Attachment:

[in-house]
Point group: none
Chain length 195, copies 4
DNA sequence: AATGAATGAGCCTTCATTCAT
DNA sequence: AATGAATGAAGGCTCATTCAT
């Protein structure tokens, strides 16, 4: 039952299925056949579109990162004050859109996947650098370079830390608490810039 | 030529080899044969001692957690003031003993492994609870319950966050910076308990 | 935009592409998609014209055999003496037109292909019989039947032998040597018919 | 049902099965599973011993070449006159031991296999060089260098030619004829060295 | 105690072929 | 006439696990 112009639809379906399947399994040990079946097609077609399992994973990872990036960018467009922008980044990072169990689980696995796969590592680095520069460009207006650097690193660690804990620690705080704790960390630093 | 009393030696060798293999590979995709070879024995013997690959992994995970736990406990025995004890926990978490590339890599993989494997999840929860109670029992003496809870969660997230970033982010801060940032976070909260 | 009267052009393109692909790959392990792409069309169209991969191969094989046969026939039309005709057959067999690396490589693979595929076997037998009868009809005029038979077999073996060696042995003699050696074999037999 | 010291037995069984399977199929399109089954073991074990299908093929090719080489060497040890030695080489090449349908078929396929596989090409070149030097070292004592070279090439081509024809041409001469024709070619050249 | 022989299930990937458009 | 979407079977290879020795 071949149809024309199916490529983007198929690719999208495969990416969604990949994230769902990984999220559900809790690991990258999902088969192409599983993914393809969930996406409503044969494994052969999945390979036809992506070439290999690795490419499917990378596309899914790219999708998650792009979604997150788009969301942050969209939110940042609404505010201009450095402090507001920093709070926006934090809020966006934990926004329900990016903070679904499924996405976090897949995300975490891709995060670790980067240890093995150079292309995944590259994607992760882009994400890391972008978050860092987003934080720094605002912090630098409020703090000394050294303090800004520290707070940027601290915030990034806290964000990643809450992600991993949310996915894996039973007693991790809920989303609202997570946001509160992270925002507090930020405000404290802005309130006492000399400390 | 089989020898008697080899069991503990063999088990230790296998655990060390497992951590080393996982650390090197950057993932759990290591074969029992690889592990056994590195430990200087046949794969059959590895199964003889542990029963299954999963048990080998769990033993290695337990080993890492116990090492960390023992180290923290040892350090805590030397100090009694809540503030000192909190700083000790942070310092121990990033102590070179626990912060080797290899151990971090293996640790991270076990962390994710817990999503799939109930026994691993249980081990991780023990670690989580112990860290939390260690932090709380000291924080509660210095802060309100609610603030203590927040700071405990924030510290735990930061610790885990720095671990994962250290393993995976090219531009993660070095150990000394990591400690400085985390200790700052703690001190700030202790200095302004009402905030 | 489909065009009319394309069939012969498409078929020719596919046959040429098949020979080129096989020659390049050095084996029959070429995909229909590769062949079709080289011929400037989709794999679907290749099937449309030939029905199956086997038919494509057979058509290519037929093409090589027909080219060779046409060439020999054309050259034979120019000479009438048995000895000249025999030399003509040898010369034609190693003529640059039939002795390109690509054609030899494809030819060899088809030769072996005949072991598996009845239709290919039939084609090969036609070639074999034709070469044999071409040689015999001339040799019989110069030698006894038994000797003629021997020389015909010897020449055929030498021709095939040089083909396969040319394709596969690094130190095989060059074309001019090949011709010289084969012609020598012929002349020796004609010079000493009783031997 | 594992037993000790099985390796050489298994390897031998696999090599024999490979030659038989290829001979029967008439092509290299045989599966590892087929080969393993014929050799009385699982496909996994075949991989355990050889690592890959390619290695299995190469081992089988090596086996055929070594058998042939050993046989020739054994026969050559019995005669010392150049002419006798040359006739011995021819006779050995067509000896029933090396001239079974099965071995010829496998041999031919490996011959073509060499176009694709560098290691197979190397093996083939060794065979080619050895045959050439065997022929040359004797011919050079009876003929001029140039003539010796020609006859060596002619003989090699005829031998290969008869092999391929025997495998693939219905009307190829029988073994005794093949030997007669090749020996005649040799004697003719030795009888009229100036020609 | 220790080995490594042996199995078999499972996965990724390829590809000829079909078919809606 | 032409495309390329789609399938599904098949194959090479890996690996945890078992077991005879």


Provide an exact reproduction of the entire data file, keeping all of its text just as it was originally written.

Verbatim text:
[in-house]
Point group: none
Chain length 195, copies 4
DNA sequence: AATGAATGAGCCTTCATTCAT
DNA sequence: AATGAATGAAGGCTCATTCAT
């Protein structure tokens, strides 16, 4: 039952299925056949579109990162004050859109996947650098370079830390608490810039 | 030529080899044969001692957690003031003993492994609870319950966050910076308990 | 935009592409998609014209055999003496037109292909019989039947032998040597018919 | 049902099965599973011993070449006159031991296999060089260098030619004829060295 | 105690072929 | 006439696990 112009639809379906399947399994040990079946097609077609399992994973990872990036960018467009922008980044990072169990689980696995796969590592680095520069460009207006650097690193660690804990620690705080704790960390630093 | 009393030696060798293999590979995709070879024995013997690959992994995970736990406990025995004890926990978490590339890599993989494997999840929860109670029992003496809870969660997230970033982010801060940032976070909260 | 009267052009393109692909790959392990792409069309169209991969191969094989046969026939039309005709057959067999690396490589693979595929076997037998009868009809005029038979077999073996060696042995003699050696074999037999 | 010291037995069984399977199929399109089954073991074990299908093929090719080489060497040890030695080489090449349908078929396929596989090409070149030097070292004592070279090439081509024809041409001469024709070619050249 | 022989299930990937458009 | 979407079977290879020795 071949149809024309199916490529983007198929690719999208495969990416969604990949994230769902990984999220559900809790690991990258999902088969192409599983993914393809969930996406409503044969494994052969999945390979036809992506070439290999690795490419499917990378596309899914790219999708998650792009979604997150788009969301942050969209939110940042609404505010201009450095402090507001920093709070926006934090809020966006934990926004329900990016903070679904499924996405976090897949995300975490891709995060670790980067240890093995150079292309995944590259994607992760882009994400890391972008978050860092987003934080720094605002912090630098409020703090000394050294303090800004520290707070940027601290915030990034806290964000990643809450992600991993949310996915894996039973007693991790809920989303609202997570946001509160992270925002507090930020405000404290802005309130006492000399400390 | 089989020898008697080899069991503990063999088990230790296998655990060390497992951590080393996982650390090197950057993932759990290591074969029992690889592990056994590195430990200087046949794969059959590895199964003889542990029963299954999963048990080998769990033993290695337990080993890492116990090492960390023992180290923290040892350090805590030397100090009694809540503030000192909190700083000790942070310092121990990033102590070179626990912060080797290899151990971090293996640790991270076990962390994710817990999503799939109930026994691993249980081990991780023990670690989580112990860290939390260690932090709380000291924080509660210095802060309100609610603030203590927040700071405990924030510290735990930061610790885990720095671990994962250290393993995976090219531009993660070095150990000394990591400690400085985390200790700052703690001190700030202790200095302004009402905030 | 489909065009009319394309069939012969498409078929020719596919046959040429098949020979080129096989020659390049050095084996029959070429995909229909590769062949079709080289011929400037989709794999679907290749099937449309030939029905199956086997038919494509057979058509290519037929093409090589027909080219060779046409060439020999054309050259034979120019000479009438048995000895000249025999030399003509040898010369034609190693003529640059039939002795390109690509054609030899494809030819060899088809030769072996005949072991598996009845239709290919039939084609090969036609070639074999034709070469044999071409040689015999001339040799019989110069030698006894038994000797003629021997020389015909010897020449055929030498021709095939040089083909396969040319394709596969690094130190095989060059074309001019090949011709010289084969012609020598012929002349020796004609010079000493009783031997 | 594992037993000790099985390796050489298994390897031998696999090599024999490979030659038989290829001979029967008439092509290299045989599966590892087929080969393993014929050799009385699982496909996994075949991989355990050889690592890959390619290695299995190469081992089988090596086996055929070594058998042939050993046989020739054994026969050559019995005669010392150049002419006798040359006739011995021819006779050995067509000896029933090396001239079974099965071995010829496998041999031919490996011959073509060499176009694709560098290691197979190397093996083939060794065979080619050895045959050439065997022929040359004797011919050079009876003929001029140039003539010796020609006859060596002619003989090699005829031998290969008869092999391929025997495998693939219905009307190829029988073994005794093949030997007669090749020996005649040799004697003719030795009888009229100036020609 | 220790080995490594042996199995078999499972996965990724390829590809000829079909078919809606 | 032409495309390329789609399938599904098949194959090479890996690996945890078992077991005879």